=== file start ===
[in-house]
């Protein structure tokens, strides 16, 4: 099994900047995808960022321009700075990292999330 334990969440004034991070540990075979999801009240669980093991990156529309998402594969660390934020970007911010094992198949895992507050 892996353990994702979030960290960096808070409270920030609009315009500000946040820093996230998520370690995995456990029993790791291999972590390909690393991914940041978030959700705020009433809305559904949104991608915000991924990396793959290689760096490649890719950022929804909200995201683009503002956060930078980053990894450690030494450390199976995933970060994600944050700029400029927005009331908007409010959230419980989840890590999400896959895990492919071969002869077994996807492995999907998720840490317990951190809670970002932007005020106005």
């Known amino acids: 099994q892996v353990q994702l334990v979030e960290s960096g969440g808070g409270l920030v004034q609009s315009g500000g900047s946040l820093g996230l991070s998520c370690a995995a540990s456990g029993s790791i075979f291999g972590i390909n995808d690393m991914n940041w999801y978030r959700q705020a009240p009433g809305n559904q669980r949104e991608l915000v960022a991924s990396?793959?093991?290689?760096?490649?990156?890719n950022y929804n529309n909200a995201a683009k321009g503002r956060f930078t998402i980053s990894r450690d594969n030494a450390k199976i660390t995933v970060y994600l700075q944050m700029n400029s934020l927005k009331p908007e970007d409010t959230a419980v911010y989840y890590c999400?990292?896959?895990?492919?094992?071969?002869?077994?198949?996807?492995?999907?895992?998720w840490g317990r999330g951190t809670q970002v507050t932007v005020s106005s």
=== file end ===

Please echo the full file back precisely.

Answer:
[in-house]
């Protein structure tokens, strides 16, 4: 099994900047995808960022321009700075990292999330 334990969440004034991070540990075979999801009240669980093991990156529309998402594969660390934020970007911010094992198949895992507050 892996353990994702979030960290960096808070409270920030609009315009500000946040820093996230998520370690995995456990029993790791291999972590390909690393991914940041978030959700705020009433809305559904949104991608915000991924990396793959290689760096490649890719950022929804909200995201683009503002956060930078980053990894450690030494450390199976995933970060994600944050700029400029927005009331908007409010959230419980989840890590999400896959895990492919071969002869077994996807492995999907998720840490317990951190809670970002932007005020106005």
């Known amino acids: 099994q892996v353990q994702l334990v979030e960290s960096g969440g808070g409270l920030v004034q609009s315009g500000g900047s946040l820093g996230l991070s998520c370690a995995a540990s456990g029993s790791i075979f291999g972590i390909n995808d690393m991914n940041w999801y978030r959700q705020a009240p009433g809305n559904q669980r949104e991608l915000v960022a991924s990396?793959?093991?290689?760096?490649?990156?890719n950022y929804n529309n909200a995201a683009k321009g503002r956060f930078t998402i980053s990894r450690d594969n030494a450390k199976i660390t995933v970060y994600l700075q944050m700029n400029s934020l927005k009331p908007e970007d409010t959230a419980v911010y989840y890590c999400?990292?896959?895990?492919?094992?071969?002869?077994?198949?996807?492995?999907?895992?998720w840490g317990r999330g951190t809670q970002v507050t932007v005020s106005s």